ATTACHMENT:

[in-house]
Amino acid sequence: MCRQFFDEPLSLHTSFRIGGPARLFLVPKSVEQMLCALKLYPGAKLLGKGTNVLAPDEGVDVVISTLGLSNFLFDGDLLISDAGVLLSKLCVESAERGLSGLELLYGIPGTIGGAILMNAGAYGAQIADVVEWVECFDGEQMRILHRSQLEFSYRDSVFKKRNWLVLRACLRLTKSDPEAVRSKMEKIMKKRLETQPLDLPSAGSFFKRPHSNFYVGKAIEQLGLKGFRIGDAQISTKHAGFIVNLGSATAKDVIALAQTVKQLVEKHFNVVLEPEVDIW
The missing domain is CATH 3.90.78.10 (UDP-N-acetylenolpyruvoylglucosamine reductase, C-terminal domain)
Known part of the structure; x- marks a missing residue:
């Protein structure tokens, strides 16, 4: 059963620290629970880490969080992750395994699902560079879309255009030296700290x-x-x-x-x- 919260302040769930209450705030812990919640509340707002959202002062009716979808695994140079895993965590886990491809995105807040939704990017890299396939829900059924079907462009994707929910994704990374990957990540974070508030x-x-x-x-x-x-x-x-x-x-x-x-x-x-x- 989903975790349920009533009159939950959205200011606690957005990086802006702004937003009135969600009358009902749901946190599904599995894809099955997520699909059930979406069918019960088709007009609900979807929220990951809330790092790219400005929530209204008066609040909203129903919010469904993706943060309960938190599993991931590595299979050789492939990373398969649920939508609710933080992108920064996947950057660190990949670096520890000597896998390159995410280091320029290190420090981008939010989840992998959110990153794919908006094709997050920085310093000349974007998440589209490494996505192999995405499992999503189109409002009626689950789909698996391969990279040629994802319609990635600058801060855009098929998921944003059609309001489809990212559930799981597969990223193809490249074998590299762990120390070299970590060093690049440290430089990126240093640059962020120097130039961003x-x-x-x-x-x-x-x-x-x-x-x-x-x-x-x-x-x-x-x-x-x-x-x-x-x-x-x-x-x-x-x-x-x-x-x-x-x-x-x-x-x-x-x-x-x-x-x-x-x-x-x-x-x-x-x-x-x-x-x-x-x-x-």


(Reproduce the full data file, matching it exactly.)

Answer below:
[in-house]
Amino acid sequence: MCRQFFDEPLSLHTSFRIGGPARLFLVPKSVEQMLCALKLYPGAKLLGKGTNVLAPDEGVDVVISTLGLSNFLFDGDLLISDAGVLLSKLCVESAERGLSGLELLYGIPGTIGGAILMNAGAYGAQIADVVEWVECFDGEQMRILHRSQLEFSYRDSVFKKRNWLVLRACLRLTKSDPEAVRSKMEKIMKKRLETQPLDLPSAGSFFKRPHSNFYVGKAIEQLGLKGFRIGDAQISTKHAGFIVNLGSATAKDVIALAQTVKQLVEKHFNVVLEPEVDIW
The missing domain is CATH 3.90.78.10 (UDP-N-acetylenolpyruvoylglucosamine reductase, C-terminal domain)
Known part of the structure; x- marks a missing residue:
């Protein structure tokens, strides 16, 4: 059963620290629970880490969080992750395994699902560079879309255009030296700290x-x-x-x-x- 919260302040769930209450705030812990919640509340707002959202002062009716979808695994140079895993965590886990491809995105807040939704990017890299396939829900059924079907462009994707929910994704990374990957990540974070508030x-x-x-x-x-x-x-x-x-x-x-x-x-x-x- 989903975790349920009533009159939950959205200011606690957005990086802006702004937003009135969600009358009902749901946190599904599995894809099955997520699909059930979406069918019960088709007009609900979807929220990951809330790092790219400005929530209204008066609040909203129903919010469904993706943060309960938190599993991931590595299979050789492939990373398969649920939508609710933080992108920064996947950057660190990949670096520890000597896998390159995410280091320029290190420090981008939010989840992998959110990153794919908006094709997050920085310093000349974007998440589209490494996505192999995405499992999503189109409002009626689950789909698996391969990279040629994802319609990635600058801060855009098929998921944003059609309001489809990212559930799981597969990223193809490249074998590299762990120390070299970590060093690049440290430089990126240093640059962020120097130039961003x-x-x-x-x-x-x-x-x-x-x-x-x-x-x-x-x-x-x-x-x-x-x-x-x-x-x-x-x-x-x-x-x-x-x-x-x-x-x-x-x-x-x-x-x-x-x-x-x-x-x-x-x-x-x-x-x-x-x-x-x-x-x-």